Wrongful death lawsuits in Colorado

Who Can File A Wrongful Death Lawsuit In Denver, CO?

A car accident. A fatal slip-and-fall. A preventable accident at a workplace. Medical mistakes or preventable hospital-borne infections. A crime that didn’t have to happen if adequate lighting or security were available. A badly made or designed product that causes a death, including medical devices. All of these can lead to a wrongful death, or the unnecessary death of an individual through negligence. This can leave grieving families with serious financial difficulties if the deceased is the family’s provider.

Colorado allows wrongful death suits to be filed on behalf of a deceased person, for the compensation he or she might have been able to recover as if they were still alive.

Several factors are involved when a person dies at the hands of another. Depending on the circumstances, it may be possible to recover damages from the responsible party through a lawsuit, known as “wrongful death.”

The permitted parties

In Colorado, it’s possible to recover damages in a wrongful death lawsuit, but there are limits on who can file one, depending on the individual’s status. The Colorado Wrongful Death Act details these individuals:

  • For the first year after the death, only the deceased’s spouse may file
  • If the spouse does not file after the first year (or there isn’t one), any surviving children can file, as well as the spouse
  • If the decedent has no surviving spouse and/or children, the deceased’s parents can file
  • Anyone who would have been a beneficiary and lost an inheritance as a result of the wrongful death can file
  • A representative of the deceased’s estate may also file

Relatives such as siblings, nieces and nephews aren’t permitted to file a lawsuit unless they were previously a designated beneficiary or would have been a beneficiary.

Proving wrongful death

If the wrongful death is the result of a criminal act, there will be two parts to the equation: a criminal case and a civil case. The criminal case is brought by the state, and the civil case is brought by a spouse, children, parents, or other qualified individual.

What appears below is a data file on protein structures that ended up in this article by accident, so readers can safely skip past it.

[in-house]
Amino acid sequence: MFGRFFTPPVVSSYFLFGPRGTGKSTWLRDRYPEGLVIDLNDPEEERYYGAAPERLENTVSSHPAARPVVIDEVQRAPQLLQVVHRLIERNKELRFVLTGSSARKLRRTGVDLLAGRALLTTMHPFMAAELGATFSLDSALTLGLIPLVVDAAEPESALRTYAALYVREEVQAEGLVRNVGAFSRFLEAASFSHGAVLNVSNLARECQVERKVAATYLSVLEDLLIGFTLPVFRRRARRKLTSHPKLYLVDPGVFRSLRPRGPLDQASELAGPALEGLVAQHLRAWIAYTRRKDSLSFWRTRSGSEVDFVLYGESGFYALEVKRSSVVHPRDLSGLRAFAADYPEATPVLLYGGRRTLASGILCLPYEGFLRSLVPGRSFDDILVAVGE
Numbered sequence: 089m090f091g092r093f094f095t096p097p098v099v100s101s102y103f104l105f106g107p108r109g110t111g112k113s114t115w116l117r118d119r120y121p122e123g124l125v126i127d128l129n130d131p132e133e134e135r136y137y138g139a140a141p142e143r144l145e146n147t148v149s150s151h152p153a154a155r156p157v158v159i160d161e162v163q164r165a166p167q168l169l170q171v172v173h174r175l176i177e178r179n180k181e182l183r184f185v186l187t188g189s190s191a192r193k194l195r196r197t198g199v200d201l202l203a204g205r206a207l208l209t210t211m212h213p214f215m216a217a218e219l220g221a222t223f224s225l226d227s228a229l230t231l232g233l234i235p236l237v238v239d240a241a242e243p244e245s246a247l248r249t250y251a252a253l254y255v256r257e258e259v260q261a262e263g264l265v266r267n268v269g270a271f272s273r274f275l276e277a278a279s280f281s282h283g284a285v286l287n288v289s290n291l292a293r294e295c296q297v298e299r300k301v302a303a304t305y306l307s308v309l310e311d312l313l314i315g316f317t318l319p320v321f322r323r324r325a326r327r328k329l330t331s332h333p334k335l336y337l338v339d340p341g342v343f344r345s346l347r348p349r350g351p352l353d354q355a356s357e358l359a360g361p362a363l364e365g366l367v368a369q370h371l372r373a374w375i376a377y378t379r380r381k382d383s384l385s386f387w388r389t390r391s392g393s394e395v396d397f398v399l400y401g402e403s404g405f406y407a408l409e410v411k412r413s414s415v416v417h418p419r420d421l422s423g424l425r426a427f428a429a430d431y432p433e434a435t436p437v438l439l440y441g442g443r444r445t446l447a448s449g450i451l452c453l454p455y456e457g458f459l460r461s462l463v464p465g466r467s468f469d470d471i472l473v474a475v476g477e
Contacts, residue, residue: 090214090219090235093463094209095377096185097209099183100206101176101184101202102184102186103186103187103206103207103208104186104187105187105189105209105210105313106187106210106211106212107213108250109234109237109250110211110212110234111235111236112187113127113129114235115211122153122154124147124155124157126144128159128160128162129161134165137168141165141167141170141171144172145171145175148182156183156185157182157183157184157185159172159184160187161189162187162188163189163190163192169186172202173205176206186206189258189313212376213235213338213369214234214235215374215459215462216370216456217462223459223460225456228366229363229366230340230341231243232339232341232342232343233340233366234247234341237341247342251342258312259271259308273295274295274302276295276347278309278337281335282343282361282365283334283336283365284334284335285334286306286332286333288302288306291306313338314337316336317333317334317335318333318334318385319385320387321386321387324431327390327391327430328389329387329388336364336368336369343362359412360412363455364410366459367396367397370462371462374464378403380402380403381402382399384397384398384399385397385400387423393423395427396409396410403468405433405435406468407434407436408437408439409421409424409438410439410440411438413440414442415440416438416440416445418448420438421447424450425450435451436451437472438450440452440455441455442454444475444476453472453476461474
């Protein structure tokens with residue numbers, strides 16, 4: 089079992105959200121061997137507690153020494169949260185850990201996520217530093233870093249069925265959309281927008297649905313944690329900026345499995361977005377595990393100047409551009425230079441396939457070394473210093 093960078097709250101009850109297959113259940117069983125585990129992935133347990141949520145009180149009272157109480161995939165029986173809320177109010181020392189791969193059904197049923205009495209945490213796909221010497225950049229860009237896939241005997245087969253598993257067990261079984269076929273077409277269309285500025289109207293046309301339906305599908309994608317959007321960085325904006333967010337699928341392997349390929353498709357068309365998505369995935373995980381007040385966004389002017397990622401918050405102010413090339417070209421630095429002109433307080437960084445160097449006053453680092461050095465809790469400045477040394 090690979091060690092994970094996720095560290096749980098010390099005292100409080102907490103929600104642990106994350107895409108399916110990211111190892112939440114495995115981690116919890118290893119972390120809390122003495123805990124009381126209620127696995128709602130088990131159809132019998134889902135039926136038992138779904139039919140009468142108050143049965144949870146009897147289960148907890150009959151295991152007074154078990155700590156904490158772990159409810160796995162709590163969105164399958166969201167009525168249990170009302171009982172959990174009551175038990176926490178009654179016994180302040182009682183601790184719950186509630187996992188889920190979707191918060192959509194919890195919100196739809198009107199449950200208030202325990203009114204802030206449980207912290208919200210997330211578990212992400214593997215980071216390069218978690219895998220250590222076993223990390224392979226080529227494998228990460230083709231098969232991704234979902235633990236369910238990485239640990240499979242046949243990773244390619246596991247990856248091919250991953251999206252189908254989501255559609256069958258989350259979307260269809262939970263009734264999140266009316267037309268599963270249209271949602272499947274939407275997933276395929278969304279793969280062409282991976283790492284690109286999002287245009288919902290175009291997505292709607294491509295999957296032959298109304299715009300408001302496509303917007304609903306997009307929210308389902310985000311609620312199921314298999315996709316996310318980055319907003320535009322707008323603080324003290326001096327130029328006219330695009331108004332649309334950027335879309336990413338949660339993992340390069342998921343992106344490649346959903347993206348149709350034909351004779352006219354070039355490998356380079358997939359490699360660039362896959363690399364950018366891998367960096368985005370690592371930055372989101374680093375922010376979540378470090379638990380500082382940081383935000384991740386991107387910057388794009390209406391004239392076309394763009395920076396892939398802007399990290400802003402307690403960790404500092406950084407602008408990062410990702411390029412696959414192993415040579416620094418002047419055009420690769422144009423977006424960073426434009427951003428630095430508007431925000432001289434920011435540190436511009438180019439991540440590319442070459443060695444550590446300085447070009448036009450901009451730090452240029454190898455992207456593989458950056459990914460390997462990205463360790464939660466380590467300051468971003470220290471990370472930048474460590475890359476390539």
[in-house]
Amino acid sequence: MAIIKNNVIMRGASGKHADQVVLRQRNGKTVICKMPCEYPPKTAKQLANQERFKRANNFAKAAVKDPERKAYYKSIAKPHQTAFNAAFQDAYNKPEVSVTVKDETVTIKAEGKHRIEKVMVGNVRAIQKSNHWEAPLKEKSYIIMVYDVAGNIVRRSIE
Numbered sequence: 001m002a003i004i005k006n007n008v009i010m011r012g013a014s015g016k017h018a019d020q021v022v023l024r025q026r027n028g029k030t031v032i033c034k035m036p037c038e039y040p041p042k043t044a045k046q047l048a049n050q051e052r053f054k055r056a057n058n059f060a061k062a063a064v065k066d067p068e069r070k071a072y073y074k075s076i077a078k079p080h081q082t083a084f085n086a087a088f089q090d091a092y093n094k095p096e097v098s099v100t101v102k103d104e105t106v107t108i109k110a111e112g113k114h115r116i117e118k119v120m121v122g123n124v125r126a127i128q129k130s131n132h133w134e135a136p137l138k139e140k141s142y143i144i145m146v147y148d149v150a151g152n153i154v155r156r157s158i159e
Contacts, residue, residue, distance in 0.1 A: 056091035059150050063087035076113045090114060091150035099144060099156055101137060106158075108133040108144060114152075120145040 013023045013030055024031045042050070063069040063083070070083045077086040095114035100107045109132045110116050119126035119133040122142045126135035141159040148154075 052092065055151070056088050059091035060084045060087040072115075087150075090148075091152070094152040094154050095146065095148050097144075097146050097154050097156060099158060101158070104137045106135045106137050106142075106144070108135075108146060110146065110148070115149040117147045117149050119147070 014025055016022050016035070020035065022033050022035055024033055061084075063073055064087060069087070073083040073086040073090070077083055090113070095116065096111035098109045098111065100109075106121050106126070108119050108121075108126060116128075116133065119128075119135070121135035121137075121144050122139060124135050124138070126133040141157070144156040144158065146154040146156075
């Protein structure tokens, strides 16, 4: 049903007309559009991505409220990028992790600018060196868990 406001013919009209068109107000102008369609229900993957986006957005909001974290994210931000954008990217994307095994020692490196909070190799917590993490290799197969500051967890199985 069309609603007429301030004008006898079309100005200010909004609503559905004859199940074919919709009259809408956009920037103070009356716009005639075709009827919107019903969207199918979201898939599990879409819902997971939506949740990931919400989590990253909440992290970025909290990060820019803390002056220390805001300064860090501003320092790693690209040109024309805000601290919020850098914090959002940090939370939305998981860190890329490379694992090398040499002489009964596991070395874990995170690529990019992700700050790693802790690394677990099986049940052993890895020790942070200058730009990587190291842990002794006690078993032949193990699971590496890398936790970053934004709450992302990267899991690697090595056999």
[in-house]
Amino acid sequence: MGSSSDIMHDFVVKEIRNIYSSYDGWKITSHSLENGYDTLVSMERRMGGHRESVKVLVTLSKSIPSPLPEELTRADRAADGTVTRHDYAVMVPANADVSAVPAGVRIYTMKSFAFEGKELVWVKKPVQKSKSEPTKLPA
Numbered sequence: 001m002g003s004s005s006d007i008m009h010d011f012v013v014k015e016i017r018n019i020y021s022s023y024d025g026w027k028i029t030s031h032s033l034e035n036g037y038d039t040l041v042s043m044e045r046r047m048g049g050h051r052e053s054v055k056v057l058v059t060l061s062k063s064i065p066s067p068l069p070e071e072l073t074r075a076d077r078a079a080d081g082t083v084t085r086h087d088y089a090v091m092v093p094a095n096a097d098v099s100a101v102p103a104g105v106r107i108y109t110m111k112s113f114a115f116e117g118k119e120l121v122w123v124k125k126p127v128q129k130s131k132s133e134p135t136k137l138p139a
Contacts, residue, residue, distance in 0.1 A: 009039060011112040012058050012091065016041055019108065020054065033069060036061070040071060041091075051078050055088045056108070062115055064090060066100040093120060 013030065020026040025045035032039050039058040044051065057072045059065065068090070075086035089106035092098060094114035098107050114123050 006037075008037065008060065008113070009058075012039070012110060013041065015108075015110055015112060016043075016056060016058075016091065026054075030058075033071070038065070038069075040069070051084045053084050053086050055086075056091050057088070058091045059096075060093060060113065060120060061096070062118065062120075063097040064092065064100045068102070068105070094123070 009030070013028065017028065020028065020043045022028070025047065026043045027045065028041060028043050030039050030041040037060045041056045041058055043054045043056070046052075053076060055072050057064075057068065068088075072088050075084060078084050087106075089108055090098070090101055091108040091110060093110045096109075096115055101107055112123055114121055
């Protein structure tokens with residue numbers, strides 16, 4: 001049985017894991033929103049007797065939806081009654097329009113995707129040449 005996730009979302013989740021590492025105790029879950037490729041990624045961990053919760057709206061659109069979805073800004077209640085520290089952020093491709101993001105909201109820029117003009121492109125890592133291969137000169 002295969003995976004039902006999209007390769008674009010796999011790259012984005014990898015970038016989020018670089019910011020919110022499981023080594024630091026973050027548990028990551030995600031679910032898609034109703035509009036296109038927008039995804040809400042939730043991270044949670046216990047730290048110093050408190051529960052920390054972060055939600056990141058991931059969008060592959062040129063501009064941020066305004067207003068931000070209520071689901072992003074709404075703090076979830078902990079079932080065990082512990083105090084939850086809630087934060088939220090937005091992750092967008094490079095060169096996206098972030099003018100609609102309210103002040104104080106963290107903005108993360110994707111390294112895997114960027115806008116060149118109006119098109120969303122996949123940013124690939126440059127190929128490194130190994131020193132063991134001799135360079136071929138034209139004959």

In order to prove that the individual’s negligence is responsible for the death, you’ll need to prove it with “preponderance of evidence.” This demonstrates that the defendant is more than likely than not guilty of negligence that caused the wrongful death.

Available compensation

Once a death is proven to be wrongful or negligent, the plaintiff can request:

  • Medical, expenses, including hospital and emergency room charges.
  • Funeral and burial expenses
  • Lost wages, future wages, any financial benefits or anticipated inheritances (such as life insurance policy payouts)
  • Punitive (“punishment”) damages to make an example of the defendant and discourage other individuals from doing the same thing
  • Loss of companionship from the deceased person
  • Any other accident/injury related expenses

Qualified parties have a two-year statute of limitations on filing a wrongful death lawsuit. That’s why it’s important to find a personal injury attorney who understands wrongful death laws to have the best possible outcome, and begin working with them as soon as possible.

Wrongful death attorney in Denver, Colorado

The death of a loved one is always difficult. But knowing that someone else’s negligence caused a needless death makes it even worse.

If you believe your loved one’s death was negligent as well as preventable, call the Civil Rights Litigation Group at (720) 515-6165, or use our online contact form, to schedule your free consultation with us today.


Is there a time limit to file a wrongful death lawsuit in Colorado?

Losing a loved one is always difficult, no matter what the circumstances. Should the loss be a result of another’s negligence, you do have a possible legal recourse: a wrongful death lawsuit. Although wrongful death is a form of a personal injury lawsuit, the rules are somewhat different.